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Asian studies conference features cultural activities

A conference organized by the Asian and Asian American Studies Program will feature a concert and art exhibit along with more than 40 panels and a special workshop for K-12 teachers.

Decentering Asia: Annual Meetings of the New York Conference on Asian Studies will bring hundreds of people to campus on Friday and Saturday, Oct. 26 and 27.

The conference’s theme takes advantage of Binghamton’s unusual blend of Asian and Asian American research as well as faculty members’ interest in diasporas, said Professor John Chaffee, director of AAAS.

Gary Y. Okihiro of Columbia University, one of the biggest names in Asian American history, will give an address titled “Spatial (Social) Formations From the Margins.”
Another highlight is an art exhibit titled Contemporary Calligraphics: Three Artists Image the Word, which features the work of alumnus Michael Cherney as well as Pouran Jinchi and Wei Jia.

Curator Nancy Um, assistant professor of art history, built the show around Cherney’s work. The 1991 graduate, who now lives in Beijing, is best known for albums made of xuan paper with a concertina binding. These albums present pho

Michael Cherney, The Northern Song Spirit Road (detail), Bounded by Mountains Series, 2005, photograph on xuan paper, courtesy of the artist.
tographs converted into digital media and then spliced so that lines and edges lose their precision and objects blur into intangible forms. His albums have been acquired for the permanent collection at the Metropolitan Museum of Art as well as other museums.

“He uses the medium in photography in unexpected ways,” said Um, who called Cherney’s work “extremely compelling.”

Jia, who was born in Beijing, is now based in New York. His canvases feature copies of well-known Chinese calligraphy obscured by pieces of xuan paper. Jinchi, an Iranian-born New York artist, mixes calligraphy and abstract expressionism. Her Alef series explores the Persian alphabet on jewel-like tiles.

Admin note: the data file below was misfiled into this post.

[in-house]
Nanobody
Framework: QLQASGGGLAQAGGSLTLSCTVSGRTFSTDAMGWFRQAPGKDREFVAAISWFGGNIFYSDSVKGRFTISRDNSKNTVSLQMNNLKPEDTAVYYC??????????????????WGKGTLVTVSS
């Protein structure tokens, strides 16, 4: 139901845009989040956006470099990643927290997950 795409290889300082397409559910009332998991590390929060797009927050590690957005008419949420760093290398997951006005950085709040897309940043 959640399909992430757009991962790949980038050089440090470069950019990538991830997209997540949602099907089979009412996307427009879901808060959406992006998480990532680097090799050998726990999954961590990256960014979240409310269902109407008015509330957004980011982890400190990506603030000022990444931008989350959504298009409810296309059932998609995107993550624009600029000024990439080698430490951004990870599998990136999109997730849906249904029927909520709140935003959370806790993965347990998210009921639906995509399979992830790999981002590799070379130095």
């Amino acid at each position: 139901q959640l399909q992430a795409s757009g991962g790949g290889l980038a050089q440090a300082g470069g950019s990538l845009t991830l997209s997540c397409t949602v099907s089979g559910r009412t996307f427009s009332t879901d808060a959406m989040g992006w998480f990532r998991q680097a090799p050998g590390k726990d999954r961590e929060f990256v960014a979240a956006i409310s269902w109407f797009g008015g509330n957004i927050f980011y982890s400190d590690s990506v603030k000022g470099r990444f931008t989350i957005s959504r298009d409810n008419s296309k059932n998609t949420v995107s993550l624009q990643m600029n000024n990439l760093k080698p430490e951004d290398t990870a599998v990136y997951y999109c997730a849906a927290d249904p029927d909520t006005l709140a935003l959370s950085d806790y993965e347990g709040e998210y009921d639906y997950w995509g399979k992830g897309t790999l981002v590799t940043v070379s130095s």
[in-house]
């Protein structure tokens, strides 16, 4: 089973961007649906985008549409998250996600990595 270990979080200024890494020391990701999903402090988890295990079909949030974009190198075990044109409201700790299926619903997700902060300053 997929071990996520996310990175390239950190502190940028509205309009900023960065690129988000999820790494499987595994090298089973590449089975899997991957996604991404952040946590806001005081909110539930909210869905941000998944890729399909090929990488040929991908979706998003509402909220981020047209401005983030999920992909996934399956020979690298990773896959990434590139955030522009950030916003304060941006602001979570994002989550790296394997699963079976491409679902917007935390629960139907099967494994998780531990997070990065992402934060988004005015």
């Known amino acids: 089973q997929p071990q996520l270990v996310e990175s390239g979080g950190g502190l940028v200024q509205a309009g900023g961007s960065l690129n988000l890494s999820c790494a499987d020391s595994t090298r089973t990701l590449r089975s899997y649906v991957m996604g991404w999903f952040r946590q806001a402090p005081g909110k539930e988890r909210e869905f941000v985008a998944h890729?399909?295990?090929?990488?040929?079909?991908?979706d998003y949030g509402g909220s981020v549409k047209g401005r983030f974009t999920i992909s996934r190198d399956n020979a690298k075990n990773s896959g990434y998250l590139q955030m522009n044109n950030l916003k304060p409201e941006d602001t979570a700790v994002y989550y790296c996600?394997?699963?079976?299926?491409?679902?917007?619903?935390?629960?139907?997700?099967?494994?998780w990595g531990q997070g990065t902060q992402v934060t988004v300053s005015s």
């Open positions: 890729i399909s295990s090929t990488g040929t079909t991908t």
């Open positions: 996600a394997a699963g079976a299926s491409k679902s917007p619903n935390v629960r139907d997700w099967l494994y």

“There’s a lot of play,” Um said. “This is fun work.”

Um will lead tours for some groups during the conference, and is willing to coordinate additional group visits afterward.

In addition, the Madrigal Choir of Binghamton will present a concert of Asian music featuring the world premiere of Barry Seaman’s Bhajans, which it commissioned. Seaman, a British composer, and lyricist Nimisha Patel say they drew insp

Pouran Jinchi, Del-D, Alef Series, 2004, Elmer’s glue, ink, varnish on canvas, courtesy of artist and Art Projects International, New York.
iration for the piece from the Bhagavad Gita, a Hindu religious text.

The University Libraries are contributing to the multidisciplinary conference as well. Eastern Perspectives: Faculty Publications and Library Collections in Asian and Asian American Studies at Binghamton University, is on display in three locations.

In the Bartle Library’s mezzanine, the exhibit consists of the AAAS program faculty’s publications, along with vernacular materials recently acquired by the Libraries in Chinese, Korean and Japanese. The Libraries’ collection on South Asia, Asian and Asian American studies is also shown here. The exhibit in front of Special Collections (North Reading Room) is a showcase of books on Asian art. The Science Library’s exhibit includes Asian Culture and the Environment, History of Asian Science and Technology and Binghamton University Researchers in Decentering Asia.

The NYCAS event will draw participants from as far away as Taiwan and New Zealand.
The conference is being held in conjunction with Korea Beyond the Peninsula: Re-Centering Korean Studies, Binghamton University’s Korean Studies Symposium.

Wei Jia, Calligrapher No. 51, Yen Zhenqing VIV, 2005, gouache, pastel, xuan paper collage on canvas, courtesy of Schmidt Dean Galley, Philadelphia.

If You Go

Decentering Asia: Annual Meetings of the New York Conference on Asian Studies will be held Oct. 26 and 27 on campus. Highlights include:

• Plenary speakers Gary Y. Okihiro of Columbia University and Elizabeth Perry of Harvard University.

• Asian Voyages, a concert by the Madgrigal Choir of Binghamton that begins at 8 p.m. Oct. 26 in the Anderson Center Chamber Hall. Tickets, which cost $15 for adults, $10 for seniors and $5 for students, are available by calling 797-4767.

Contemporary Calligraphics: Three Artists Image the Word, an exhibit at the University Art Museum. An opening reception is scheduled for 5-7 p.m. Oct. 26 in FA-213. Call 777-2431 to RSVP. The exhibit continues through Dec. 1. Admission is free.

Eastern Perspectives: Faculty Publications and Library Collections in Asian and Asian American Studies at Binghamton University, an exhibit on display in three locations in the University Libraries through the end of the year.

For more details on the conference, visit

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Last Updated: 10/14/08